Why would I need a CT scan?
A CT scan is a valuable tool if your doctor has determined that he needs a better look inside your sinuses. This may be because you have chronic sinus problems, persistent headaches, impaired breathing or a history of frequent sinus infections. CT scans are helpful tools for studying internal organs. Typically they are used to examine the head, sinuses, lungs, abdomen and pelvis, but they can also detect vascular problems, measure bone density and study the heart. The results of your CT scan will help the doctor decide if further procedures are necessary. And if it points to a diagnosis, the scan can help the doctor determine the best way to treat your condition.
What does a CT scan show?
In a CT scan image (which looks similar to an x-ray), bone appears white, air appears black, and any soft tissue, fluid or muscle appears in varying shades of grey. A CT scan of your sinuses will show whether you have a sinus infection. Sinusitis appears in the image as a thickening of the lining of the sinus cavities. A CT scan of your sinuses will also show:
• Any obstruction of your breathing passages
• A deviated septum
• Tiny fractures in nasal and sinus bones
• Growths such as polyps, tumors, etc.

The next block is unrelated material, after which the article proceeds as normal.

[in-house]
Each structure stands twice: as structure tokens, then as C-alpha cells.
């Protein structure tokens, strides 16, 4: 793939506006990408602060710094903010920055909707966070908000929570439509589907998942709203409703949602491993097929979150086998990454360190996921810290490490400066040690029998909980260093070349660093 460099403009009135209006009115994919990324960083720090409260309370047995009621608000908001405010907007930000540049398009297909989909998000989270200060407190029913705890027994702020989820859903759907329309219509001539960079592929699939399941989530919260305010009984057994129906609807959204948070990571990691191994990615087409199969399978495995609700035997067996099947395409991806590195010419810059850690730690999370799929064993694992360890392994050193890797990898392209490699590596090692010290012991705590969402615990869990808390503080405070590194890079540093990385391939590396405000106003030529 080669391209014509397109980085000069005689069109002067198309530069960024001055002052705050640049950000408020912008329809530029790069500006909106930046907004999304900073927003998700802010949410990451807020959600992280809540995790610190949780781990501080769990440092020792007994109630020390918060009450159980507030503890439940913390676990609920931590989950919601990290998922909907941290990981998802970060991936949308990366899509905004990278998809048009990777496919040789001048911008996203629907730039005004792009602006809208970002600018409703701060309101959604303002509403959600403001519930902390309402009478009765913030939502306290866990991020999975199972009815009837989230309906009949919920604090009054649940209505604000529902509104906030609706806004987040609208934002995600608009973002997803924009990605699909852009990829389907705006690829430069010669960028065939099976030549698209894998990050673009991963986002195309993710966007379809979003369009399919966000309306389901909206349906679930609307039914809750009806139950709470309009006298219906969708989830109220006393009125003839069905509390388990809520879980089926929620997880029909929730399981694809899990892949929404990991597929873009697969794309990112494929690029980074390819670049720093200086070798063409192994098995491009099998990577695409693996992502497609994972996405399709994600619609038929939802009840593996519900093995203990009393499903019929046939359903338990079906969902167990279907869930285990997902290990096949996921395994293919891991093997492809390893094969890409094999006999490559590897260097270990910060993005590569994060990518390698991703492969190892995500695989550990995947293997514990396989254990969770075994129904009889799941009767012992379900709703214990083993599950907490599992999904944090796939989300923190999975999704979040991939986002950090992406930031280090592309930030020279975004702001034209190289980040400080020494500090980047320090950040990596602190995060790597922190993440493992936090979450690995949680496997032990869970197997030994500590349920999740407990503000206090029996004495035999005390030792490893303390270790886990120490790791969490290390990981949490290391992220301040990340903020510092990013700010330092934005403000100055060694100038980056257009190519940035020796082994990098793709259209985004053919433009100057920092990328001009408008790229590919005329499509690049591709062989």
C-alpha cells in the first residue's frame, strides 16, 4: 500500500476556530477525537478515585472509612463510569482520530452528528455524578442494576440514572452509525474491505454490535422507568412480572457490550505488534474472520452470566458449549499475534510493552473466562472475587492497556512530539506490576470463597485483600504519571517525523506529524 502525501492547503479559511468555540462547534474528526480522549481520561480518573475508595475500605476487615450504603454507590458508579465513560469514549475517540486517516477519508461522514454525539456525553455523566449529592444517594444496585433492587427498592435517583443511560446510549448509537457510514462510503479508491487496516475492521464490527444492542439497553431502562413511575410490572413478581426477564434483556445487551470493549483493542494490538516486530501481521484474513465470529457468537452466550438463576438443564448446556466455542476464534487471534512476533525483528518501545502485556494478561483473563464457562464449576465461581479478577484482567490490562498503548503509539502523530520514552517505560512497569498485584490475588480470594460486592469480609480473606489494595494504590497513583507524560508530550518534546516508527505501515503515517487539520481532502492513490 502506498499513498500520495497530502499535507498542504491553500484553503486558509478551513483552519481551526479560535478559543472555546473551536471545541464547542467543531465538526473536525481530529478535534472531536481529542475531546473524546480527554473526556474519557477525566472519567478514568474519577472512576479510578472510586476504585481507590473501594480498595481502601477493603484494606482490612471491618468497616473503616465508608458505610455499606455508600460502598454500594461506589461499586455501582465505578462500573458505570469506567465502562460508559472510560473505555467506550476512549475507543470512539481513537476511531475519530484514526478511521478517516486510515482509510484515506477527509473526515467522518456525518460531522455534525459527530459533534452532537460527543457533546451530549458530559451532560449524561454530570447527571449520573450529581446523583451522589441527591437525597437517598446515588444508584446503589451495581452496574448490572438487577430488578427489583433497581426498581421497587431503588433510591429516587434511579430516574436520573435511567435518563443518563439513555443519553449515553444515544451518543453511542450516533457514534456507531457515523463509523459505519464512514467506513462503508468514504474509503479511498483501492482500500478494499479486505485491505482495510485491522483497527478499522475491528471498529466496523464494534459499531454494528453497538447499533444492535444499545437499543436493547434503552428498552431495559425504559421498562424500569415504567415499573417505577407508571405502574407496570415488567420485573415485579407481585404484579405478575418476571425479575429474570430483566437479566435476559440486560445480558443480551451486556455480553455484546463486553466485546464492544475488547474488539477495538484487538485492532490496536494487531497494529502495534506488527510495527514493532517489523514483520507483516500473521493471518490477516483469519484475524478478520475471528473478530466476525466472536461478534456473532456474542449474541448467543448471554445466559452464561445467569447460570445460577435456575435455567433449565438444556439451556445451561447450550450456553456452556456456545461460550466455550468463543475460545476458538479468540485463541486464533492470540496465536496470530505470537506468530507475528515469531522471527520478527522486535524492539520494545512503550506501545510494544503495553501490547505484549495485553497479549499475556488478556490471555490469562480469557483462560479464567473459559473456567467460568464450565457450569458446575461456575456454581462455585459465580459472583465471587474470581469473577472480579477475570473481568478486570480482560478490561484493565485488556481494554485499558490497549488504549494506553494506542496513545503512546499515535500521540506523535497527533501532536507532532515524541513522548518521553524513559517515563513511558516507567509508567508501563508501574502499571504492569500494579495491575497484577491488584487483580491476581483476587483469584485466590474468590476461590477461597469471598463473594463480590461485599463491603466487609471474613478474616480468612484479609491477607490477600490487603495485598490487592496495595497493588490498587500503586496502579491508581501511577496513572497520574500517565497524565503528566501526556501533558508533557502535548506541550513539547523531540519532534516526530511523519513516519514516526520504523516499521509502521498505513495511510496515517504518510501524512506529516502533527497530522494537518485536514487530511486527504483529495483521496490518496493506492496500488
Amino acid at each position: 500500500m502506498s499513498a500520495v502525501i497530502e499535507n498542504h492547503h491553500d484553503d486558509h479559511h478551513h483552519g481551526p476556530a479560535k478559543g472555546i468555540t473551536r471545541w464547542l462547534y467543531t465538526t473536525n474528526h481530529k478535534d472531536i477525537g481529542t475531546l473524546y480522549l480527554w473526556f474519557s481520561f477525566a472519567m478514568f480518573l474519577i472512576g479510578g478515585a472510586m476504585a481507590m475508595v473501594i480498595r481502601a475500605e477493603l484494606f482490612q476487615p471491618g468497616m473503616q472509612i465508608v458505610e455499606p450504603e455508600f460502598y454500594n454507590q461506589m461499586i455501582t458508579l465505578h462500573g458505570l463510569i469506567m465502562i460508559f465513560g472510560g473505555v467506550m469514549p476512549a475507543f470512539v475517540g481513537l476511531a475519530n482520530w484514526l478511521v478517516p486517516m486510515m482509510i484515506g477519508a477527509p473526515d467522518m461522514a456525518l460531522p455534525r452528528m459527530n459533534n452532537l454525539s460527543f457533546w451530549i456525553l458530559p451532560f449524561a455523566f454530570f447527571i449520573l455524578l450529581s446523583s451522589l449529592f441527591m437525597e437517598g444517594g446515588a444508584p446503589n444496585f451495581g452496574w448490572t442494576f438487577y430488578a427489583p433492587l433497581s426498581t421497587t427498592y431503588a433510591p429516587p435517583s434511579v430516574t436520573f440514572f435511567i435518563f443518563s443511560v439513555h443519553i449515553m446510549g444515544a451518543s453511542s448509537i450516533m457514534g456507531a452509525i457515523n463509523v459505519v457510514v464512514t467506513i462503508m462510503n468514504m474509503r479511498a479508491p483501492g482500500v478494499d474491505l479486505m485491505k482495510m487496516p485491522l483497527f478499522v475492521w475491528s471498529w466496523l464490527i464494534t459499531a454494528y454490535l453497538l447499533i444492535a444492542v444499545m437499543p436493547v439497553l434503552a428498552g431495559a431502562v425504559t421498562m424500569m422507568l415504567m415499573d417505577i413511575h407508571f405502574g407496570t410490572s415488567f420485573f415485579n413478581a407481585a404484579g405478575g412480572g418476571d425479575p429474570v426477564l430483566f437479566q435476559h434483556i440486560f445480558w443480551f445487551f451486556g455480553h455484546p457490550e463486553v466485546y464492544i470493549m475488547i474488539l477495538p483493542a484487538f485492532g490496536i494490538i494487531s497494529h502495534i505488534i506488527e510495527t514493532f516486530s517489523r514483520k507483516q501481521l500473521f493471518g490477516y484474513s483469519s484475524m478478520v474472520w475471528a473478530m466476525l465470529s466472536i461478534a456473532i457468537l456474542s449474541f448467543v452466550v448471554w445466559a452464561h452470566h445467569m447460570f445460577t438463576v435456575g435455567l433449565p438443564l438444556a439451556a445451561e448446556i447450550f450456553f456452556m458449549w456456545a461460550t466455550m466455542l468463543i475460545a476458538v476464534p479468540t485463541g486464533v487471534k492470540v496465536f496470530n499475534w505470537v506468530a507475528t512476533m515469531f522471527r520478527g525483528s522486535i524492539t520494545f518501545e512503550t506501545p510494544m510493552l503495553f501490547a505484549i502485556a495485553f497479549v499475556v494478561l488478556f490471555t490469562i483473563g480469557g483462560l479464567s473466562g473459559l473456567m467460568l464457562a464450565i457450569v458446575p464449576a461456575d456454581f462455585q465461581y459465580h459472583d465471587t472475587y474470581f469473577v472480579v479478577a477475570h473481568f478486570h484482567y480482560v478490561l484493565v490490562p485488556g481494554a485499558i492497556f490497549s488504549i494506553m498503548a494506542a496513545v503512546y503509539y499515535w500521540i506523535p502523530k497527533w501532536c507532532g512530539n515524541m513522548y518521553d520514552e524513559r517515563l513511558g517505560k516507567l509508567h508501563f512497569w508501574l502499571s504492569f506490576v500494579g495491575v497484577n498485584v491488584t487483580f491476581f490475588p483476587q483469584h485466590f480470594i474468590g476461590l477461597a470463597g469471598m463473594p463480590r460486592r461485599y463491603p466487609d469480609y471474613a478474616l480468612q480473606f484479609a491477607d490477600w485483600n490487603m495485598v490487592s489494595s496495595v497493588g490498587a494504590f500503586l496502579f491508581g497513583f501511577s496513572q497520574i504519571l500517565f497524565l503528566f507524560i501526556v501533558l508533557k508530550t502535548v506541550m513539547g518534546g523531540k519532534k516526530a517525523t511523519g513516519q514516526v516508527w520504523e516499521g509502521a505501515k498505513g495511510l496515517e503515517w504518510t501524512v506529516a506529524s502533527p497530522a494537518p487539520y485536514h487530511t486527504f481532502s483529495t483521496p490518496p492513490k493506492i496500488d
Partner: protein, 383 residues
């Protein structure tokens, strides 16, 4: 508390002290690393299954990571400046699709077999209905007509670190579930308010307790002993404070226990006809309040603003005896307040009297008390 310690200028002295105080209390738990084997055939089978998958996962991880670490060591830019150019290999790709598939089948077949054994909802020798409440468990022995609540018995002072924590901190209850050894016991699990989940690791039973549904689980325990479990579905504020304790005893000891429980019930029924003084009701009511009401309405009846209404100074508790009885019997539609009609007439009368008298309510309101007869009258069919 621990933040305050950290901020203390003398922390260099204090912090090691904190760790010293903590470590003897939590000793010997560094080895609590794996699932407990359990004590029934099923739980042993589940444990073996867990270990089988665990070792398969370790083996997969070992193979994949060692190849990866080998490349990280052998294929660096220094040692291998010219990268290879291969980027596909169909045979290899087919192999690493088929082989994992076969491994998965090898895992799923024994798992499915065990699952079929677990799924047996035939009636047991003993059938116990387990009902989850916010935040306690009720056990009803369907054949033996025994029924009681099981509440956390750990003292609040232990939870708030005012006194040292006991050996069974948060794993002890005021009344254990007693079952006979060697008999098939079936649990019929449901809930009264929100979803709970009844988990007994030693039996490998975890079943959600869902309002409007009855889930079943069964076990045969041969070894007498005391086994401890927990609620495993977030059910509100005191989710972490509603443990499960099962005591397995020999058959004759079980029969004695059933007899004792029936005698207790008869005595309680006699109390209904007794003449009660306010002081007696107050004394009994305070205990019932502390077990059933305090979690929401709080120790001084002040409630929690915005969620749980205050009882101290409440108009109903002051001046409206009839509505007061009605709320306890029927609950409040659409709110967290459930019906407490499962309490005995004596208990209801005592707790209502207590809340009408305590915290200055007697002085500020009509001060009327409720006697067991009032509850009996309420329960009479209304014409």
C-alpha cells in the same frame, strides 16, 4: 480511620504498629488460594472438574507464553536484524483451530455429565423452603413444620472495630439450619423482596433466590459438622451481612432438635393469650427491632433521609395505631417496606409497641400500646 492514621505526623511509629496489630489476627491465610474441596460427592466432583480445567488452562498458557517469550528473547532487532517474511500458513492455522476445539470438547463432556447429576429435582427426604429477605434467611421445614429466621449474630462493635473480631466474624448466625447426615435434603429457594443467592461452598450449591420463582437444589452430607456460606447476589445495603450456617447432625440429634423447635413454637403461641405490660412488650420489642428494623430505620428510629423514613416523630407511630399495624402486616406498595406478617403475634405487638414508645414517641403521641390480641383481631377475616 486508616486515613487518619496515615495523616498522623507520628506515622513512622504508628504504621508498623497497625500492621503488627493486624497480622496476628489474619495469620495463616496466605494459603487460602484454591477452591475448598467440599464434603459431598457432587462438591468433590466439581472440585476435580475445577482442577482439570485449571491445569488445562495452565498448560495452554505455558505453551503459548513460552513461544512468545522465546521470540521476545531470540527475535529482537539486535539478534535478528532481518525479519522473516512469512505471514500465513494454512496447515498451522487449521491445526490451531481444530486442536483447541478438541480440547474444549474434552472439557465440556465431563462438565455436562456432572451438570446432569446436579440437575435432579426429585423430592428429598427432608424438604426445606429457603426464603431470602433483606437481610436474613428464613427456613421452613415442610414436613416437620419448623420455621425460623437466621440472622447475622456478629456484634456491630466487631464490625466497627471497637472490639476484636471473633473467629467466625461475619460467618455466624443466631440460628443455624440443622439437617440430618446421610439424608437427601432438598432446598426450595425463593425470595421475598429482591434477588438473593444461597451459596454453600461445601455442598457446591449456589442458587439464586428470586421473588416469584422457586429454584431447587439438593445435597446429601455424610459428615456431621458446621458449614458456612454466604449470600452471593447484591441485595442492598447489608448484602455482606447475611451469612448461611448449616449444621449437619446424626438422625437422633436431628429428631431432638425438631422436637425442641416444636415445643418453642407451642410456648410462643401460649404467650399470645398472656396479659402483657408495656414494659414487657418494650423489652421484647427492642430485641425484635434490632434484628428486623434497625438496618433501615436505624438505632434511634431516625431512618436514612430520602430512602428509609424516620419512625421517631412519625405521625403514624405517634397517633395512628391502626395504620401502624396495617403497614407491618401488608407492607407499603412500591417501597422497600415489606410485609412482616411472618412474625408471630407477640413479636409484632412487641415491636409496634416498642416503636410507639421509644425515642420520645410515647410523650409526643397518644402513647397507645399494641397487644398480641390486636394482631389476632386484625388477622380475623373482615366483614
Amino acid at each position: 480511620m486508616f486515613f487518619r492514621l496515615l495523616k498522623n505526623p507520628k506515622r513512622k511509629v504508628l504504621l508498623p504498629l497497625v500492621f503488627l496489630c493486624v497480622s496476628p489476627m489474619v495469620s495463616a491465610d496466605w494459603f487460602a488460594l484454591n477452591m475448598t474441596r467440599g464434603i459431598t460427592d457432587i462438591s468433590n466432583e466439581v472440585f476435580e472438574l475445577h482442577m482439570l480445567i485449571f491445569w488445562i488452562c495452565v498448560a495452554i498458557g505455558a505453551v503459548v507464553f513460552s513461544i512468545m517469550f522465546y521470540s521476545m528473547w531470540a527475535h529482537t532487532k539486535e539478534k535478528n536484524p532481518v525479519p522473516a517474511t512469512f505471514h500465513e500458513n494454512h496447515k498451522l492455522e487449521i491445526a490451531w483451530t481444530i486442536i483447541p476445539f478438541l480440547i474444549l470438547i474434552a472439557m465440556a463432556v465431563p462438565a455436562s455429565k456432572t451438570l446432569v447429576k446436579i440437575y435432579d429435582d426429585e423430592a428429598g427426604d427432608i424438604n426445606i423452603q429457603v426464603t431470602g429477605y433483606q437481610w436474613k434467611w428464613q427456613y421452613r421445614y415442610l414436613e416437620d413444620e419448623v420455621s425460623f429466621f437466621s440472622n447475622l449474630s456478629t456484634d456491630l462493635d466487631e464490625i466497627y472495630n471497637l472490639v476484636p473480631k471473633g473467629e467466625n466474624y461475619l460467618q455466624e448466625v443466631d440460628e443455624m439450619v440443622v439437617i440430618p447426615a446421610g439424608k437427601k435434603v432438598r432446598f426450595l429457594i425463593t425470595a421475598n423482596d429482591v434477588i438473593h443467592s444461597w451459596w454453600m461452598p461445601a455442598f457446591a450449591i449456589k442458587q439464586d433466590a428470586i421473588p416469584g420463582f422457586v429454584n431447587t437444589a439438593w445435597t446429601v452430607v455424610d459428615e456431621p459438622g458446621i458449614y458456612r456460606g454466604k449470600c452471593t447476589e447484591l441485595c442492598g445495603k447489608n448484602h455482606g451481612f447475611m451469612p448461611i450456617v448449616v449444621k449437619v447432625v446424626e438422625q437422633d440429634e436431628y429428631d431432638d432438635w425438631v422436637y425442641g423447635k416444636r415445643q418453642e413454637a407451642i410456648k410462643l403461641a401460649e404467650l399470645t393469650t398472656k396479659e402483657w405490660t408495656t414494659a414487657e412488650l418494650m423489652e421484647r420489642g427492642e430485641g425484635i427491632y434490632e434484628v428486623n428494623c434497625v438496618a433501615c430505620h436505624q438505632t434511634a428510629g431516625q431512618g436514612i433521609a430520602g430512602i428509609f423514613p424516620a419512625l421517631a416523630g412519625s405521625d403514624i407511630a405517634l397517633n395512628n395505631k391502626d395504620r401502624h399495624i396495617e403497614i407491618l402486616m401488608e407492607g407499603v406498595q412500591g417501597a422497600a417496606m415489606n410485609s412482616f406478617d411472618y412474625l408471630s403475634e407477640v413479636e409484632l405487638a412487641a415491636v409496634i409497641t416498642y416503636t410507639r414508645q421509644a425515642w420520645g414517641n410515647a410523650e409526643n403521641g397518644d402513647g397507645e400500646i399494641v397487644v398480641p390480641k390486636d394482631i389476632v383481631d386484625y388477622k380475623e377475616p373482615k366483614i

A CT scan also serves as a "road map" of your sinuses that the doctor can follow if you require sinus surgery.
How does CT scanning work?
Also called Computed Tomography, CT scanners combine traditional x-ray technology with a computer that analyzes images. As you pass through the machine, an x-ray rotates 360 degrees to capture images of your body in slices. These cross-sections are what make CT scans so effective. When a doctor looks at a CT image, he or she can see each of the organs clearly, without any "overlap" from other organs.
Why should I have a CT scan instead of an x-ray?
Because x-rays show dense bone structures only, and not soft tissue.
What does a CT scan feel like?
The CT scanner is a large machine with a circular opening and a table that runs through it. During your exam, you will lie on this table as it moves through the opening. The exam is totally painless. You will need to stay very still and hold your breath at times, while the machine captures images. Our scanner is extremely fast, so the exam may take as little as 2 minutes. A certified CT Technologist will perform the test. Feel free to ask the technologist any questions about the exam.
Are there any risks involved?
Like x-rays, CT scans expose you to radiation. Pregnant women or those who might be pregnant should inform their doctor before receiving a CT scan. If your doctor has told you that he wants to do a CT scan "with contrast," this means that you will be given an agent such as iodine dye that is used to highlight specific areas within the scan. Make sure to tell you doctor in advance if you have any allergies, especially to iodine or shellfish.
Will my insurance cover a CT scan?
Most insurance plans will cover all or a percentage of the cost of scans ordered by your doctor. Typically, insurance plans will not cover the costs for screening exams, such as a full body scan. Contact your insurance company directly for more information. One of the insurance experts at our office may also be able to give you more details about what your plan would cover.
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